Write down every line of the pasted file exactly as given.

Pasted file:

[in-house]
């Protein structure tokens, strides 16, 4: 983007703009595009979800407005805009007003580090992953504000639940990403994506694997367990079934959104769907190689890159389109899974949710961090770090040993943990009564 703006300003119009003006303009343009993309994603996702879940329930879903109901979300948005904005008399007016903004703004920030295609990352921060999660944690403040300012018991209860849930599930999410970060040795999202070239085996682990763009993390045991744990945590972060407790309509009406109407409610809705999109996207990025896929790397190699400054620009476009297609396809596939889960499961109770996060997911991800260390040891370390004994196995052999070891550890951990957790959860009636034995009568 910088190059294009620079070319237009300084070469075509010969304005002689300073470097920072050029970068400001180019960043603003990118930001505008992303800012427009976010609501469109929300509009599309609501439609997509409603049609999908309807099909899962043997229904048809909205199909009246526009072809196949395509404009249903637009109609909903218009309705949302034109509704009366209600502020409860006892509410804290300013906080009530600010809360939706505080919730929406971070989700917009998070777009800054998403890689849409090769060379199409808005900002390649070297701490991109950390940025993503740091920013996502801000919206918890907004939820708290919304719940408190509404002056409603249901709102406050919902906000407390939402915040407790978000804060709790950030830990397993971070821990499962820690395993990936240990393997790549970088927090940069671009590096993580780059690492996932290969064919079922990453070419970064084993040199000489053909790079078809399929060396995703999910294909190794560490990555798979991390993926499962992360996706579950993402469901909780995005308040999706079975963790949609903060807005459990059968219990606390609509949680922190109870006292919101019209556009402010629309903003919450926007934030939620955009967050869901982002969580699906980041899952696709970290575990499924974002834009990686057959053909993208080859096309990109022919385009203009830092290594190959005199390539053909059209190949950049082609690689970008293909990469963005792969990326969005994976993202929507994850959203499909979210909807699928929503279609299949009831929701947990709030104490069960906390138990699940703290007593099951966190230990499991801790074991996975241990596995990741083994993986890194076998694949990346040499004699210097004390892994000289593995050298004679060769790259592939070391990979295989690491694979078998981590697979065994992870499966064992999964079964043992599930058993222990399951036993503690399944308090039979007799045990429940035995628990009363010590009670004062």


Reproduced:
[in-house]
């Protein structure tokens, strides 16, 4: 983007703009595009979800407005805009007003580090992953504000639940990403994506694997367990079934959104769907190689890159389109899974949710961090770090040993943990009564 703006300003119009003006303009343009993309994603996702879940329930879903109901979300948005904005008399007016903004703004920030295609990352921060999660944690403040300012018991209860849930599930999410970060040795999202070239085996682990763009993390045991744990945590972060407790309509009406109407409610809705999109996207990025896929790397190699400054620009476009297609396809596939889960499961109770996060997911991800260390040891370390004994196995052999070891550890951990957790959860009636034995009568 910088190059294009620079070319237009300084070469075509010969304005002689300073470097920072050029970068400001180019960043603003990118930001505008992303800012427009976010609501469109929300509009599309609501439609997509409603049609999908309807099909899962043997229904048809909205199909009246526009072809196949395509404009249903637009109609909903218009309705949302034109509704009366209600502020409860006892509410804290300013906080009530600010809360939706505080919730929406971070989700917009998070777009800054998403890689849409090769060379199409808005900002390649070297701490991109950390940025993503740091920013996502801000919206918890907004939820708290919304719940408190509404002056409603249901709102406050919902906000407390939402915040407790978000804060709790950030830990397993971070821990499962820690395993990936240990393997790549970088927090940069671009590096993580780059690492996932290969064919079922990453070419970064084993040199000489053909790079078809399929060396995703999910294909190794560490990555798979991390993926499962992360996706579950993402469901909780995005308040999706079975963790949609903060807005459990059968219990606390609509949680922190109870006292919101019209556009402010629309903003919450926007934030939620955009967050869901982002969580699906980041899952696709970290575990499924974002834009990686057959053909993208080859096309990109022919385009203009830092290594190959005199390539053909059209190949950049082609690689970008293909990469963005792969990326969005994976993202929507994850959203499909979210909807699928929503279609299949009831929701947990709030104490069960906390138990699940703290007593099951966190230990499991801790074991996975241990596995990741083994993986890194076998694949990346040499004699210097004390892994000289593995050298004679060769790259592939070391990979295989690491694979078998981590697979065994992870499966064992999964079964043992599930058993222990399951036993503690399944308090039979007799045990429940035995628990009363010590009670004062």